Large-scale longitudinal data on the association of domain-specific physical activity (PA) and mortality is limited. Our objective was to evaluate the association of work, household (HPA), and leisure time PA (LTPA) with overall and cause-specific mortality in the EPIC-Spain study.
38,379 participants (62.4% women), 30–65 years old, and free of chronic disease at baseline were followed-up from recruitment (1992 – 1996) to December 31st, 2008 to ascertain vital status and cause of death. PA was evaluated at baseline and at a 3-year follow-up with a validated questionnaire (EPIC-PAQ) and combined variables were used to classify the participants by sub-domains of PA. Associations with overall, cancer, and cardiovascular mortality risks were assessed using competing risk Cox regression models adjusted by potential confounders.
After 13.6 years of mean follow-up, 1371 deaths were available for analyses. HPA was strongly associated to reduced overall (hazard ratio (HR) for Q4 vs. Q1 = 0.47 (0.34, 0.64)) and cause-specific mortalities in women and to lower cancer mortality in men (P for trend = 0.004), irrespective of age, education, and lifestyle and morbidity variables. LTPA was associated with lower mortality in women (HR for Q4 vs. Q1 = 0.71 (0.52, 0.98)), but not men. No relationships were found between sedentariness at work and overall mortality.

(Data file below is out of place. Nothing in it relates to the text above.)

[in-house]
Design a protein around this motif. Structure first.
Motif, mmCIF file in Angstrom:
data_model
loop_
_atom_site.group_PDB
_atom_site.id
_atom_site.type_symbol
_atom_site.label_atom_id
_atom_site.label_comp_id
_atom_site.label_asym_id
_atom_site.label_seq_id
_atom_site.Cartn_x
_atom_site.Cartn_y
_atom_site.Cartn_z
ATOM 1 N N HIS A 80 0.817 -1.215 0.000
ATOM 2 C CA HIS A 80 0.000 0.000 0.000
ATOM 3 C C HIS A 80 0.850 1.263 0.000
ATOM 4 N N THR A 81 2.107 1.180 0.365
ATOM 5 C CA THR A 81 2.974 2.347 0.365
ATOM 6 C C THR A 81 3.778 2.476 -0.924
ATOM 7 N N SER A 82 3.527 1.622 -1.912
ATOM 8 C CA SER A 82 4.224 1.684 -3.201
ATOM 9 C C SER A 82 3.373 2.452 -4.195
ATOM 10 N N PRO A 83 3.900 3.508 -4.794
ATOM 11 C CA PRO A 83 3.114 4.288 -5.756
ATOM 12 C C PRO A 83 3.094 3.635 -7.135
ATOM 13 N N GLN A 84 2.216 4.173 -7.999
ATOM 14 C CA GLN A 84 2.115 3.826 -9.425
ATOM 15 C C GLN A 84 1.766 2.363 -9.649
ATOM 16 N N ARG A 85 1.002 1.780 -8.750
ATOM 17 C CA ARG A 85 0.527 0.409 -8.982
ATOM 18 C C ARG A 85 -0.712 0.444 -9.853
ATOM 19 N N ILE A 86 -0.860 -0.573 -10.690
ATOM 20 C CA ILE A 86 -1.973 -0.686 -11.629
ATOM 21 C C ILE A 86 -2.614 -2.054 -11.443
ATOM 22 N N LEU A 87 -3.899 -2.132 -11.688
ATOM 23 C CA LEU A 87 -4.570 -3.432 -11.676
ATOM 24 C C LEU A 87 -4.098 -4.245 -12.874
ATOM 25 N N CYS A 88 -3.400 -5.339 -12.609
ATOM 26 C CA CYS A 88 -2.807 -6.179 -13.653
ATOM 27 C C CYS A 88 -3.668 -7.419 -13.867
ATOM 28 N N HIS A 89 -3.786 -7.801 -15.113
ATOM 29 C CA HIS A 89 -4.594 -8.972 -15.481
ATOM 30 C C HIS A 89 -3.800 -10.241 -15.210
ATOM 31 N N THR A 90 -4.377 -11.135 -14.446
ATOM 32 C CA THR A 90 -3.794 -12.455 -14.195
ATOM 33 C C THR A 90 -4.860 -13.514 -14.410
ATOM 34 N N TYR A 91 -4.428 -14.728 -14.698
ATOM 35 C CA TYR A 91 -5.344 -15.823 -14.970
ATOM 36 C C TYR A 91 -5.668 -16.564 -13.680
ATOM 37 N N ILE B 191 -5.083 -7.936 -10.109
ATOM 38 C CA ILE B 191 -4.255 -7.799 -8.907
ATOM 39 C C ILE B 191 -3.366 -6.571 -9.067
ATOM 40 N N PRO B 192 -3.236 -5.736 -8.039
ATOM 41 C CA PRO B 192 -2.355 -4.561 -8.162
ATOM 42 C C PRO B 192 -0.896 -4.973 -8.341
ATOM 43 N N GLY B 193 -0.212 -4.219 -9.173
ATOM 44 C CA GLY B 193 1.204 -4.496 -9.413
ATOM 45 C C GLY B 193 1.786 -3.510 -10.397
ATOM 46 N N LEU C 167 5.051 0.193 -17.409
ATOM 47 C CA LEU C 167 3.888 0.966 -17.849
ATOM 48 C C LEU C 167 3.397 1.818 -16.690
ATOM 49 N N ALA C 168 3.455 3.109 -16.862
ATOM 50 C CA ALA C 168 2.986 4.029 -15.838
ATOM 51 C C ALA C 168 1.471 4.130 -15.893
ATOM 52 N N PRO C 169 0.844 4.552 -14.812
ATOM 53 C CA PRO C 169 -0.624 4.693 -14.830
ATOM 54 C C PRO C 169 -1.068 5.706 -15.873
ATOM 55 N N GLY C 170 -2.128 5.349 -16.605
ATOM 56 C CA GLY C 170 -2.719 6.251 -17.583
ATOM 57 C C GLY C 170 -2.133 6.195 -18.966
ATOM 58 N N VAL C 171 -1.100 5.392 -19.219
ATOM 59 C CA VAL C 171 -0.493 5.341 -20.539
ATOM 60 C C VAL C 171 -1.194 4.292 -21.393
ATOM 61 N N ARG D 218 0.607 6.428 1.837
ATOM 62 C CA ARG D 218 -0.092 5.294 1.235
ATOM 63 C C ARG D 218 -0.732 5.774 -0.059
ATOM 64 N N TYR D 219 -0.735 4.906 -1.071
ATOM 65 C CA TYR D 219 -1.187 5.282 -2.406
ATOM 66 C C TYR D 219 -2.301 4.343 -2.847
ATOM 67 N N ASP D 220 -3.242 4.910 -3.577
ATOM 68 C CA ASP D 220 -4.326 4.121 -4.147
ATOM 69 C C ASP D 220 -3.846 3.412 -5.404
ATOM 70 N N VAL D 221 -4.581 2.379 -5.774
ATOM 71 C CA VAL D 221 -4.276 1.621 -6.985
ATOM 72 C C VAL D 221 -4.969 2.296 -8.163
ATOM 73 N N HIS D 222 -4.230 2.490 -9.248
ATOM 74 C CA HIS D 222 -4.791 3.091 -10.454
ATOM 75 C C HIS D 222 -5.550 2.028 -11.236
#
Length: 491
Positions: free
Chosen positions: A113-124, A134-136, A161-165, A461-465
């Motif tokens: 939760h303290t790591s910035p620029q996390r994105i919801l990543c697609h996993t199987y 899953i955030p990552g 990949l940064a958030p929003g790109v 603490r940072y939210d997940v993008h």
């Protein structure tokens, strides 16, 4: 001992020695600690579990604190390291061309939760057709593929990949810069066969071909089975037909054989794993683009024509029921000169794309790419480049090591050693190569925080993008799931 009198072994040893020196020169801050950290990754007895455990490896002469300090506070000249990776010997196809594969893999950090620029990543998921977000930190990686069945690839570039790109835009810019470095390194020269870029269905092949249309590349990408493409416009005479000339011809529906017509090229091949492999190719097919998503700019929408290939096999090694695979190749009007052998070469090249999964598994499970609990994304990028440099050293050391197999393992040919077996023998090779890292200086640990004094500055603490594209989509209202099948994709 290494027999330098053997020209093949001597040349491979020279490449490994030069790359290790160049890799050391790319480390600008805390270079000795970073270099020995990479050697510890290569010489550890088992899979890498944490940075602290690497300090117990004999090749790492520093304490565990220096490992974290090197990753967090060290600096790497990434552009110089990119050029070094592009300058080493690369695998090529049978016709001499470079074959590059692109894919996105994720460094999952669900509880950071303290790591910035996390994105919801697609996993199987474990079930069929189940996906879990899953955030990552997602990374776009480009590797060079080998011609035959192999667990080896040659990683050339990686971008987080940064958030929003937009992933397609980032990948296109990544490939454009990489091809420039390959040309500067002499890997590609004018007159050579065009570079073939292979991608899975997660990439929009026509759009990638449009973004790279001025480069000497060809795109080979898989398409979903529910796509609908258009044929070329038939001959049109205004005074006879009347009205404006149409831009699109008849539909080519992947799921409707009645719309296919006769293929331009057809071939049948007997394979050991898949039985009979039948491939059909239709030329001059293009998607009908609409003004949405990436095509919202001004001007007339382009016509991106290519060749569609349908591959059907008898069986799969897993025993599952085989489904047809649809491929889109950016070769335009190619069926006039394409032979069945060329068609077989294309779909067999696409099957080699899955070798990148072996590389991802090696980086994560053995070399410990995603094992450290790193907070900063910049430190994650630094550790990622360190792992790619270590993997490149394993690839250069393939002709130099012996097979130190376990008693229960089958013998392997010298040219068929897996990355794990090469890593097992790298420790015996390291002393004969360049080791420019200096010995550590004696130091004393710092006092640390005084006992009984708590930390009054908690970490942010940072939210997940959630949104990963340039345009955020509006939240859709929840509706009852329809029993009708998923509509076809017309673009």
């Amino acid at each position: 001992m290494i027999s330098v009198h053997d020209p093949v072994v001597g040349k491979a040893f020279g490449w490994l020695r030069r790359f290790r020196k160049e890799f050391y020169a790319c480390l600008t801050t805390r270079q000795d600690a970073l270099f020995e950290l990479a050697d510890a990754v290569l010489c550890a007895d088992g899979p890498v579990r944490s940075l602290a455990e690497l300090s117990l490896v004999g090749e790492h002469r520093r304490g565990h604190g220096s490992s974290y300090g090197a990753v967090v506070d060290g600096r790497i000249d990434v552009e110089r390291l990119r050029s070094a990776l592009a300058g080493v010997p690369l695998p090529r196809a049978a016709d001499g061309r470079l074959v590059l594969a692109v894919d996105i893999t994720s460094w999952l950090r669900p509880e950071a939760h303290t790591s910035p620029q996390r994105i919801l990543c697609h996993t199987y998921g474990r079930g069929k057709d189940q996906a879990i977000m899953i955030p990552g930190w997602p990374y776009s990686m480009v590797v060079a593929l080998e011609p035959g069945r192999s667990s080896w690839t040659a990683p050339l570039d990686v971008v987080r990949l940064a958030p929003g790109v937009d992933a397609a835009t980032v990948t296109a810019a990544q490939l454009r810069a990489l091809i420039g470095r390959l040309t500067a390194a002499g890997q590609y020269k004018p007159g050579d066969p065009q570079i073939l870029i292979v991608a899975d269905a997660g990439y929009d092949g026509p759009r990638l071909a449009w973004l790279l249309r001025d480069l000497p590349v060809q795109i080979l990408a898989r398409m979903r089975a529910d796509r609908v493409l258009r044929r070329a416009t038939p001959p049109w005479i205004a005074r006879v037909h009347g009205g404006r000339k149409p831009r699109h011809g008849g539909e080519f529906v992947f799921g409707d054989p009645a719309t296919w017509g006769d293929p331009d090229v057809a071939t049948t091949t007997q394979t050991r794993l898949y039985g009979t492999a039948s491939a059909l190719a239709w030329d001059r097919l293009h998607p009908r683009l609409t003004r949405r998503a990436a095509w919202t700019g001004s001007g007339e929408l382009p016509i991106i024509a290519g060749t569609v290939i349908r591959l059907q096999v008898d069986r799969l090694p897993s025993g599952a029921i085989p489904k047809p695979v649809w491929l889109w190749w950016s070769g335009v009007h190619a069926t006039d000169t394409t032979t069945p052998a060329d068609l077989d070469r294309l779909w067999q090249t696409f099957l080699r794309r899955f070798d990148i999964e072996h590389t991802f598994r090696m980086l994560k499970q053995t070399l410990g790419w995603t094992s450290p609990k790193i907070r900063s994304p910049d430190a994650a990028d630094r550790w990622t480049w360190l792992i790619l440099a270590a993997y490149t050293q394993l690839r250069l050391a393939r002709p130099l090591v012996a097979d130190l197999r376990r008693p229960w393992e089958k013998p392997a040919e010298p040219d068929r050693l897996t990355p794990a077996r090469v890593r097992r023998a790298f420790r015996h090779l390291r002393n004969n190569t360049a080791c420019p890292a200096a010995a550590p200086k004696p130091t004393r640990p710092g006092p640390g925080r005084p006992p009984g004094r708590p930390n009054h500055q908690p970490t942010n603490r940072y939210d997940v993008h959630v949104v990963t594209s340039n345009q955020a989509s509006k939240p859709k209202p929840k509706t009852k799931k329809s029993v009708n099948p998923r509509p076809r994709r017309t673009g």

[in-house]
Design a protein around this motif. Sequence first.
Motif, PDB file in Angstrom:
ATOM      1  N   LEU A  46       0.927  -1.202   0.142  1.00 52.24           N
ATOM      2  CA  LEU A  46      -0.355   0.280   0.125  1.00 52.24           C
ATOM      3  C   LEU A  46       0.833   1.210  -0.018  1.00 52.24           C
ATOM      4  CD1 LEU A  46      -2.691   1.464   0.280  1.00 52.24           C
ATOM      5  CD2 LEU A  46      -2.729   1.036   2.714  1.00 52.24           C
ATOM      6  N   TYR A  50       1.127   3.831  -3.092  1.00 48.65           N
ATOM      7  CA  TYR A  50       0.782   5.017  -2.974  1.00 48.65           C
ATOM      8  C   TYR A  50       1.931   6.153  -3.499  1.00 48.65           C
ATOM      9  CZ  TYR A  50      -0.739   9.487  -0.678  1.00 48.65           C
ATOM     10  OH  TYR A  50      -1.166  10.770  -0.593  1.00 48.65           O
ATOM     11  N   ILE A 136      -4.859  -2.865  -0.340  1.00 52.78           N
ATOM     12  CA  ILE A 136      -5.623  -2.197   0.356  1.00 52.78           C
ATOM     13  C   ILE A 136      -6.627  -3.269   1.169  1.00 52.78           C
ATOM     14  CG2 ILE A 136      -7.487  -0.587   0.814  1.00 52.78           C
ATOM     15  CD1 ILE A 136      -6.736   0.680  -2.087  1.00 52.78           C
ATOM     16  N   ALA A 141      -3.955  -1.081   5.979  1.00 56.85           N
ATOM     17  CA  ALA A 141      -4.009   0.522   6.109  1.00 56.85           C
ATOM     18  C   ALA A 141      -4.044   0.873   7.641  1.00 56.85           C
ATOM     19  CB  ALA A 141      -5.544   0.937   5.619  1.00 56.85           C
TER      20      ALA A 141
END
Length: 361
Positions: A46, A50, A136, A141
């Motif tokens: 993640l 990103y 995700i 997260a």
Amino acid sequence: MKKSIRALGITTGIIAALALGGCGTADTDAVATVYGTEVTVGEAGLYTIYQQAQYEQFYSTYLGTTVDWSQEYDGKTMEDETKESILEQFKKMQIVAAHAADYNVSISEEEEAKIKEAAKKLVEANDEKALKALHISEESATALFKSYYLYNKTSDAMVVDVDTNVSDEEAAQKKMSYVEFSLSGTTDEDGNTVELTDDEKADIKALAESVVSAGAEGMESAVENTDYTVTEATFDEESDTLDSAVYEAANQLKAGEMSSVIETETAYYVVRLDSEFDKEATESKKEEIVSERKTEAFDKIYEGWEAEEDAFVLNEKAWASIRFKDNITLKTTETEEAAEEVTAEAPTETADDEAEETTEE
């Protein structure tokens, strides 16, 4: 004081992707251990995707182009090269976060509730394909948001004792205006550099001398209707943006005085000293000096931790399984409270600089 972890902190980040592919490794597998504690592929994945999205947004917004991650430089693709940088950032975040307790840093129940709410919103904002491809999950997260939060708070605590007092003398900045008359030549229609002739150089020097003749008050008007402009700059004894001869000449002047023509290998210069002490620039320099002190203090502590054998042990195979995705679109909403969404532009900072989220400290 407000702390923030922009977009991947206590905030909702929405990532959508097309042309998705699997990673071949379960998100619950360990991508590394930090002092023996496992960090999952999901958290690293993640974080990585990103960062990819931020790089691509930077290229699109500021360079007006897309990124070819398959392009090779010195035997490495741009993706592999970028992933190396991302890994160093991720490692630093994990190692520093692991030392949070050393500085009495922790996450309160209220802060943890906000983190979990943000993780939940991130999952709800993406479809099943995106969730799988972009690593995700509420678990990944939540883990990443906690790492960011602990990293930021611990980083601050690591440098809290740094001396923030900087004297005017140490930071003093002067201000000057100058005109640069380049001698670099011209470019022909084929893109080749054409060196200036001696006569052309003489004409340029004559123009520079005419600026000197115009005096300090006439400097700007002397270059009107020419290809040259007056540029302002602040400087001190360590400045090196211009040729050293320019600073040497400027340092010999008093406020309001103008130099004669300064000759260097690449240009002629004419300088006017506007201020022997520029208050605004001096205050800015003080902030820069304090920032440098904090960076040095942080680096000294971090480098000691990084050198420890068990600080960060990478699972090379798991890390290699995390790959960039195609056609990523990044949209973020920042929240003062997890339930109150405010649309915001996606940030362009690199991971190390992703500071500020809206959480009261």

HPA was associated to lower mortality risk in men and women from the EPIC-Spain cohort, whereas LTPA also contributed to reduce risk of death in women. Considering the large proportion of total daily PA that HPA represents in some population groups, these results are of public health importance.
- EPIC, European Prospective Investigation into Cancer and Nutrition;
- EPIC-PAQ, EPIC physical activity questionnaire;
- HPA, Household physical activity;
- LTPA, Leisure time physical activity;
- PA, Physical activity;
- RPA, Recreational physical activity